Following three straight masterworks that balanced hard funk workouts with laid-back bedroom jams, This Boot Is Made for Fonk-N ditched the balancing act, offering up straight, relentless hard funk. This is great for those who just want the sweaty workouts Bootsy Collins had proven himself well capable of delivering on his own as well as with Parliament-Funkadelic. In fact, if that's what you're looking for -- hard-hitting, unrelenting funk -- look no further, for This Boot Is Made for Fonk-N is absolutely teeming with it. However, the lack of slower, softer material can quickly lead to weariness if you're not ready for a nonstop dance party. Endurance is required here, make no mistake. "Under the Influence of a Groove," "Bootsy Get Live," and "Jam Fan (Hot)" are all standouts, reflecting the kookiness of "Bootzilla" from the year before. But without slower songs à la "I'd Rather Be with You," This Boot Is Made for Fonk-N is just too much for anyone who's not a hardcore funkateer. Consequently, the album isn't as easily recommended as Bootsy's past few, and really is of primary interest to P-Funk aficionados. With so many excellent P-Funk albums released throughout the 1970s, it's easy to pass over this one, as it certainly features some first-rate hard funk but is relatively short on ideas, with an absence of new ones altogether. This shortage of new ideas would lead to the varied degrees of experimentation that would characterize Bootsy's subsequent albums, Ultra Wave (1980) and, especially, The One Giveth, the Count Taketh Away (1982). Granted, those albums weren't as successful as This Boot Is Made for Fonk-N -- just as it wasn't as successful as its predecessors -- but they're more interesting for their experimentation and their eccentricities. In comparison to their flights of fancy, as well as the balance songwriting of Bootsy's first three albums, This Boot Is Made for Fonk-N seems unmemorable in retrospect. It's a wild, heart-racing listen while it's playing, yet afterward leaves little impression otherwise.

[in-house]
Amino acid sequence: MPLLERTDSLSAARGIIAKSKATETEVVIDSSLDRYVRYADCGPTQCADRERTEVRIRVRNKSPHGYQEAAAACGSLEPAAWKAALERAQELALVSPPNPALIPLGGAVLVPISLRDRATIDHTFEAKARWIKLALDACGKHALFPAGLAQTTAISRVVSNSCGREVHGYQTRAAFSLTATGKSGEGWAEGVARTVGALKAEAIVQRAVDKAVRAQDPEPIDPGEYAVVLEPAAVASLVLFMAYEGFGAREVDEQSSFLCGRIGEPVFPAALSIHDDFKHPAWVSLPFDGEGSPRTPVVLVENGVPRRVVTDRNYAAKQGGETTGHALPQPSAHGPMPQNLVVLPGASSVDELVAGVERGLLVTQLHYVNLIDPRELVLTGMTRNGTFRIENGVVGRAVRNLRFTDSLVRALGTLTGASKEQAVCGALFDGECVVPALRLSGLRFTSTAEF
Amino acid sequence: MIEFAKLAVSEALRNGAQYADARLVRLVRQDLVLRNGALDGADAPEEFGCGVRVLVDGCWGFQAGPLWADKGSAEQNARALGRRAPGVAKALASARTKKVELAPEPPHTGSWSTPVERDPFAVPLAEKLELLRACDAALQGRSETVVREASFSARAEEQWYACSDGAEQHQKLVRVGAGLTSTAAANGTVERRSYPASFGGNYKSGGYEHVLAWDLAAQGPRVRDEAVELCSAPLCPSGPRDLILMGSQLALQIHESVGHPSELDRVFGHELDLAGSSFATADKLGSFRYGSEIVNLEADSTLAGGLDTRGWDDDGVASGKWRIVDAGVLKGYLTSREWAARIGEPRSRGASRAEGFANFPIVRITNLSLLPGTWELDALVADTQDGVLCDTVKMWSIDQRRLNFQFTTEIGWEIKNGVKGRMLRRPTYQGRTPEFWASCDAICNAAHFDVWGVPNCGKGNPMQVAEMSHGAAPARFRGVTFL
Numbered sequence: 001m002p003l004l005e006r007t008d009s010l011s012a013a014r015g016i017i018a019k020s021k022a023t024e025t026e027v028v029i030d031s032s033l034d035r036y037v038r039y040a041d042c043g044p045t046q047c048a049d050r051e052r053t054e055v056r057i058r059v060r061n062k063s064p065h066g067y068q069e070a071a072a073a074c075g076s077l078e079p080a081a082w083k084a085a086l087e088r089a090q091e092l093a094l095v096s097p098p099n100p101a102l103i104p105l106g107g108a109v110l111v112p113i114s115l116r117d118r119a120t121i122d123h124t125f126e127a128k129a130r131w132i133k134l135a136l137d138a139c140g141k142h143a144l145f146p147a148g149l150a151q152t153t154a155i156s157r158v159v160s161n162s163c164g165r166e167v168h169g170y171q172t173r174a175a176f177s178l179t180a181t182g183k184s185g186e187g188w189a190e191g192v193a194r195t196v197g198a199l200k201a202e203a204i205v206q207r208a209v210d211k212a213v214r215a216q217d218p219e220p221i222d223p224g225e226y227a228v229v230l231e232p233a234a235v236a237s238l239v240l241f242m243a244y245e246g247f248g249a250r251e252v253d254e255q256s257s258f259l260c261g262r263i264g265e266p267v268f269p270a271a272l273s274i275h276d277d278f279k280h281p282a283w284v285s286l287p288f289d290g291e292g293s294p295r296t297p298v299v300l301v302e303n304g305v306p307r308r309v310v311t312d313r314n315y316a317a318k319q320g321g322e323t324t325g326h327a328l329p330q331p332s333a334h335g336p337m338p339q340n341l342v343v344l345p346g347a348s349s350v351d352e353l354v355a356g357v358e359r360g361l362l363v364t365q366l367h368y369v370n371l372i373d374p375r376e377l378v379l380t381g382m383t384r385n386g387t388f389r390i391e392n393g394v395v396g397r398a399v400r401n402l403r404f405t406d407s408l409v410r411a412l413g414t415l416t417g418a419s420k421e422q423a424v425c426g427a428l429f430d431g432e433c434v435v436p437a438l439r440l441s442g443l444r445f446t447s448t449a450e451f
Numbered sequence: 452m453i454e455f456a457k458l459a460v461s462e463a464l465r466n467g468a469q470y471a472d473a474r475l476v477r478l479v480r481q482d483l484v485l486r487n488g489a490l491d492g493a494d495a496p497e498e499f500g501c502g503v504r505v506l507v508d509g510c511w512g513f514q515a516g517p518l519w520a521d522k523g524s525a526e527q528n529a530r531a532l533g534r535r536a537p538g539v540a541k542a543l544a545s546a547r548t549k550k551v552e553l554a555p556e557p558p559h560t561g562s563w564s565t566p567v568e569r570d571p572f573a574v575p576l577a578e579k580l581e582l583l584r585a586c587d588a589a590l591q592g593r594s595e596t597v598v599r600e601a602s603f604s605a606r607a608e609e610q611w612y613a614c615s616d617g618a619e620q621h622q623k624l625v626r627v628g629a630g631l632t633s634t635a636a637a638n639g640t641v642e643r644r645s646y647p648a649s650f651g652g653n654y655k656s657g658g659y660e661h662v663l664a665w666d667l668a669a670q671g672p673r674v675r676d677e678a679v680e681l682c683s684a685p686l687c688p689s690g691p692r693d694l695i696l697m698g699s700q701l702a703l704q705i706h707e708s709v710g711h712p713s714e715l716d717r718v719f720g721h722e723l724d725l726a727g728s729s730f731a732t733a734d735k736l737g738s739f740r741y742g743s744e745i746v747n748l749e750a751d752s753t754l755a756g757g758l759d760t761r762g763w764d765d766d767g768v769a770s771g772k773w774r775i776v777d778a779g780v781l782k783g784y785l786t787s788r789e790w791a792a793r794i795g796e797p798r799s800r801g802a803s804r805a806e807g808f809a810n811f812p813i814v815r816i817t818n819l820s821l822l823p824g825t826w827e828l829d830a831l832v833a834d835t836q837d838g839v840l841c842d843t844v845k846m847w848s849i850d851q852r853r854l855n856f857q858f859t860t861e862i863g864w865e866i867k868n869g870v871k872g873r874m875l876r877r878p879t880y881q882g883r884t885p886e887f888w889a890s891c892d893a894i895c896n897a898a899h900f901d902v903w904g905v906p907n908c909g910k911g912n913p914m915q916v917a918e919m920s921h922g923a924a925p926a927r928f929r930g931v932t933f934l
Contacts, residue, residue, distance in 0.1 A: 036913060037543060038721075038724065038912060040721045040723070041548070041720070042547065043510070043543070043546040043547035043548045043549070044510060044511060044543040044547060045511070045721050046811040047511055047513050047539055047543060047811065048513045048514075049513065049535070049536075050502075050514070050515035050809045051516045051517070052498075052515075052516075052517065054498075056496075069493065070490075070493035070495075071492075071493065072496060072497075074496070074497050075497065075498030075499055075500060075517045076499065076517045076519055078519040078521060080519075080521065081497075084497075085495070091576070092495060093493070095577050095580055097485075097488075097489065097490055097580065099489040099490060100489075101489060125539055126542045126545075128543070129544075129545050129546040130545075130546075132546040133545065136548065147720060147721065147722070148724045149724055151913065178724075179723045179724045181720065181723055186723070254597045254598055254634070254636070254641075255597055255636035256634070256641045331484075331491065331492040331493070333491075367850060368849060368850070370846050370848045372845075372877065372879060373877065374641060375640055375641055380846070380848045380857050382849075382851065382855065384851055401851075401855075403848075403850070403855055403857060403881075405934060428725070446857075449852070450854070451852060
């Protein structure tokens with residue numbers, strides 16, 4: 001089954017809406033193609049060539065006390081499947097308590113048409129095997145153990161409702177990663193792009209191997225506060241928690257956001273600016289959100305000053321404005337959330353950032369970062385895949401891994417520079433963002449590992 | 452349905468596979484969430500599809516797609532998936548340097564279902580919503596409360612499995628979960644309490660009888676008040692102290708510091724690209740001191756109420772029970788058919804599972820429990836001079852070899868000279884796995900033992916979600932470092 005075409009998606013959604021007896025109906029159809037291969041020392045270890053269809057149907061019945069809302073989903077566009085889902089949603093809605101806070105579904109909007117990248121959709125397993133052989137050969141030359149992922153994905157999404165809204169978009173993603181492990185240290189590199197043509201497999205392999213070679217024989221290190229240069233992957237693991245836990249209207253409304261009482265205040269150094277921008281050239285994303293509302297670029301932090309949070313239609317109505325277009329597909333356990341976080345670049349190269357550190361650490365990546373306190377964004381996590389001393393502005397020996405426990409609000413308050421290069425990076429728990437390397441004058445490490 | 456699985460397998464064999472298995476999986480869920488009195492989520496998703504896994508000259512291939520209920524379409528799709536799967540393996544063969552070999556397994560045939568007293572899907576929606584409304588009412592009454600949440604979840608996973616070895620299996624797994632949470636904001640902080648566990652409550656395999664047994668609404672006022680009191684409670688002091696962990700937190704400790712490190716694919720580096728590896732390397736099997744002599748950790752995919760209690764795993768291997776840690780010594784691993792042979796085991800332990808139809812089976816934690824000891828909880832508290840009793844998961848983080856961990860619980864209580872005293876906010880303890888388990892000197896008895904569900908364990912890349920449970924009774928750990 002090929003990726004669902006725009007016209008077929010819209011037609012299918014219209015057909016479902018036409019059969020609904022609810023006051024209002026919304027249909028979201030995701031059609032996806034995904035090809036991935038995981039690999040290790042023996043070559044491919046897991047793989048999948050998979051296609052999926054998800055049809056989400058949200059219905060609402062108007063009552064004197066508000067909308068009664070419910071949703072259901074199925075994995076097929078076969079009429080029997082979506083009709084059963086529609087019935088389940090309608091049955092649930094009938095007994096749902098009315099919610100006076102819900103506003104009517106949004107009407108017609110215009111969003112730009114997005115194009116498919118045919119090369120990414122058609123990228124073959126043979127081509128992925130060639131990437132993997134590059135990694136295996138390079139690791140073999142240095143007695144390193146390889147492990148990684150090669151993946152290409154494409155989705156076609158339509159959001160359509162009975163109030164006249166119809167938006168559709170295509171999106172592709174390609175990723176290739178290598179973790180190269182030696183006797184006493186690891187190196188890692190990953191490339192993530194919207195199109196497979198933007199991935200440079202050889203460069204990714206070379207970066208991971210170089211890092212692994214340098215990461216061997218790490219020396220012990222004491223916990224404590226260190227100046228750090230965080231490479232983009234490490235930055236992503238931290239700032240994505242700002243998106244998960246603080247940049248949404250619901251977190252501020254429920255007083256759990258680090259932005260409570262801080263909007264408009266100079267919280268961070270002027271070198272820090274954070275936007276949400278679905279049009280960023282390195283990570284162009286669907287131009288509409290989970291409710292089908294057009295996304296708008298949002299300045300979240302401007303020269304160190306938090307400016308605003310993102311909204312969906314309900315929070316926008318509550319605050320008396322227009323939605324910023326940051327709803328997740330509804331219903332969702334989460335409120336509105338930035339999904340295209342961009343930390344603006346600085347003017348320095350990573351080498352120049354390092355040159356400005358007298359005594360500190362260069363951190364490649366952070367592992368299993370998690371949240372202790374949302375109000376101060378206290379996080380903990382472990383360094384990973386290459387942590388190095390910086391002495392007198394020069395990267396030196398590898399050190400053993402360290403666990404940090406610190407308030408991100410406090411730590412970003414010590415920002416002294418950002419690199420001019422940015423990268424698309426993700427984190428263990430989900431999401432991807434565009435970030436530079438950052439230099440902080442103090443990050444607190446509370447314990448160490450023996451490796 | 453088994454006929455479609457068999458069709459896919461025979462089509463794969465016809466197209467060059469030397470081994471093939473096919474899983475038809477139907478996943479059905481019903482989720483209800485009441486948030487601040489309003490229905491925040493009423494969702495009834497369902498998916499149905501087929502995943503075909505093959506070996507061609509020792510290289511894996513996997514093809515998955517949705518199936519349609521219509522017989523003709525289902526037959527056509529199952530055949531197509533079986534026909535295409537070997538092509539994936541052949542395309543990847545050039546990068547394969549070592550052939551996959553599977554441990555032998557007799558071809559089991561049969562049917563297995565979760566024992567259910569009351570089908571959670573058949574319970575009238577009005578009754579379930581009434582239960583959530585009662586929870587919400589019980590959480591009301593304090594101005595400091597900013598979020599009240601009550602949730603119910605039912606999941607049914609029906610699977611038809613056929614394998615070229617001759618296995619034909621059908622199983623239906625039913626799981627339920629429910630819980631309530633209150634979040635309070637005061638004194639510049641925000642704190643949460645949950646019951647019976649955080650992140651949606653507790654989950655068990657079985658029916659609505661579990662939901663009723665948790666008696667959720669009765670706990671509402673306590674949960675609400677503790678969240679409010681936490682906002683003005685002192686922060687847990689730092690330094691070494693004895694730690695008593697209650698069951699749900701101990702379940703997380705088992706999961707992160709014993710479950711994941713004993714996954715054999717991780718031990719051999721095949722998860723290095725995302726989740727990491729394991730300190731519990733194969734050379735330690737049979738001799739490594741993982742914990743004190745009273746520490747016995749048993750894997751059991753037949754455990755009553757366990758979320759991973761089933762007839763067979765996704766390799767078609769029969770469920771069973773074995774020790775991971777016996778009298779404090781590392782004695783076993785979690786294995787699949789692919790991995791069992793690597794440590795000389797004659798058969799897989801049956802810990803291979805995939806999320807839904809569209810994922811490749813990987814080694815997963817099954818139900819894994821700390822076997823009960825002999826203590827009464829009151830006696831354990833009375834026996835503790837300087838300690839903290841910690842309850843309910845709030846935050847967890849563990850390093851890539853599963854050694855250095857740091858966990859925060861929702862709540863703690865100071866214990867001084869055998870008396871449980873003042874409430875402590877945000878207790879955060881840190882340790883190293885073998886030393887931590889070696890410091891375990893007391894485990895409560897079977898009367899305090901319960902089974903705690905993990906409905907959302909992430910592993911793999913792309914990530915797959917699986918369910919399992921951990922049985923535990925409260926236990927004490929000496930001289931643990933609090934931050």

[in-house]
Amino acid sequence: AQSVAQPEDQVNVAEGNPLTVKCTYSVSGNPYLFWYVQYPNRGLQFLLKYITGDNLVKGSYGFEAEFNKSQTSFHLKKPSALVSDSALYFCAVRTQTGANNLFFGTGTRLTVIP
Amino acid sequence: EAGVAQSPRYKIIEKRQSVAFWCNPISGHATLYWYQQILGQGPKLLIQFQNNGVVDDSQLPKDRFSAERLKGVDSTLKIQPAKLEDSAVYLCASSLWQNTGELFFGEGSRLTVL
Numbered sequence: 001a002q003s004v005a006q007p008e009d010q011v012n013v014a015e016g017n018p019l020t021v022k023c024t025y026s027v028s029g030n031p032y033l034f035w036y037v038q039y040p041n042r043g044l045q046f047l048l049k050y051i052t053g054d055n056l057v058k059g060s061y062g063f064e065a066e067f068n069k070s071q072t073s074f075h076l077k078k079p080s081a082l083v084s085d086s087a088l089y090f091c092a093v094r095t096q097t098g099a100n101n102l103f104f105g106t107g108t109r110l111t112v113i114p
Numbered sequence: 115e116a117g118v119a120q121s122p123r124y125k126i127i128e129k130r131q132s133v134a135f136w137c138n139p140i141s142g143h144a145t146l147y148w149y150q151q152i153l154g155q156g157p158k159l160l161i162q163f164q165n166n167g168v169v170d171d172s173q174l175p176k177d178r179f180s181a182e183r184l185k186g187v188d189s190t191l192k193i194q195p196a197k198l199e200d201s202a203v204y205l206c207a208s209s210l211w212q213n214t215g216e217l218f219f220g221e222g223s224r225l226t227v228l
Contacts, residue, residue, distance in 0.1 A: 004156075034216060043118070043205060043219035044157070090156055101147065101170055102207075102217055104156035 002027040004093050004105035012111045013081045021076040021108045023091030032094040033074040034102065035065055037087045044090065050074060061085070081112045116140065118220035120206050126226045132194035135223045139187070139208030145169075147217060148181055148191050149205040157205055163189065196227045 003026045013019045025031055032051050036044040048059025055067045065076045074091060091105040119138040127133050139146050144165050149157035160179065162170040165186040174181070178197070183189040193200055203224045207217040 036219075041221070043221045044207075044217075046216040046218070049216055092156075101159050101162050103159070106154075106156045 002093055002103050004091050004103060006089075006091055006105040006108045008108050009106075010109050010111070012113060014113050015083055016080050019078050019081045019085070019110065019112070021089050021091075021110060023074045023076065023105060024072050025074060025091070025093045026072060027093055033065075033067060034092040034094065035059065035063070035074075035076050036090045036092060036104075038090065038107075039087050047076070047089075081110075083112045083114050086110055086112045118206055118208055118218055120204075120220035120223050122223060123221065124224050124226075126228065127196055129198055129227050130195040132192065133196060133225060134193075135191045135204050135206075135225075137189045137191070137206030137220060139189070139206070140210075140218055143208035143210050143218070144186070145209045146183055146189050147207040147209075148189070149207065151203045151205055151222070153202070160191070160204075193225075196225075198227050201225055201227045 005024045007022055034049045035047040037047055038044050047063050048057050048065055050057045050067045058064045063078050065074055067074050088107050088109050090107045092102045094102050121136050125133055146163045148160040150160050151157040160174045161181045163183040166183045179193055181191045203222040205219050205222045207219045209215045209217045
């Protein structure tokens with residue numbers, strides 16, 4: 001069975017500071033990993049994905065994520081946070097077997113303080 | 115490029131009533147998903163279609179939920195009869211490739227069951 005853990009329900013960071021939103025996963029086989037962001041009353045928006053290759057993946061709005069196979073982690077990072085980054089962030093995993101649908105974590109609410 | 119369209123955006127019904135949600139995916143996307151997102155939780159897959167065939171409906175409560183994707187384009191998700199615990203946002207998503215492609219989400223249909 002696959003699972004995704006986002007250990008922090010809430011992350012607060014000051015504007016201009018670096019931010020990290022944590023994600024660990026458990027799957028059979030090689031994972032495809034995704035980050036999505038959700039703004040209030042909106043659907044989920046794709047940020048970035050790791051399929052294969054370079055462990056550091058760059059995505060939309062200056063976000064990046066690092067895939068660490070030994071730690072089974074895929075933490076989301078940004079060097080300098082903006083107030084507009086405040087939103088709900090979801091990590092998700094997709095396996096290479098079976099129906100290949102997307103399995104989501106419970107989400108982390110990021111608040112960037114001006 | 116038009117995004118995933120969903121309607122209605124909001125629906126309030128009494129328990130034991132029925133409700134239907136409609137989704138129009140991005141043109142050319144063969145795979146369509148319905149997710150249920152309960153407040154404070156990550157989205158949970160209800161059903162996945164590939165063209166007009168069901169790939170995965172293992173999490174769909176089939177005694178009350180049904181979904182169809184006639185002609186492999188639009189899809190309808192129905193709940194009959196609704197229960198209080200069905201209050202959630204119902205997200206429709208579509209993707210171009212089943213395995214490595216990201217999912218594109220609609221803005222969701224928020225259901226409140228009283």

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AllMusic Review by Jason Birchmeier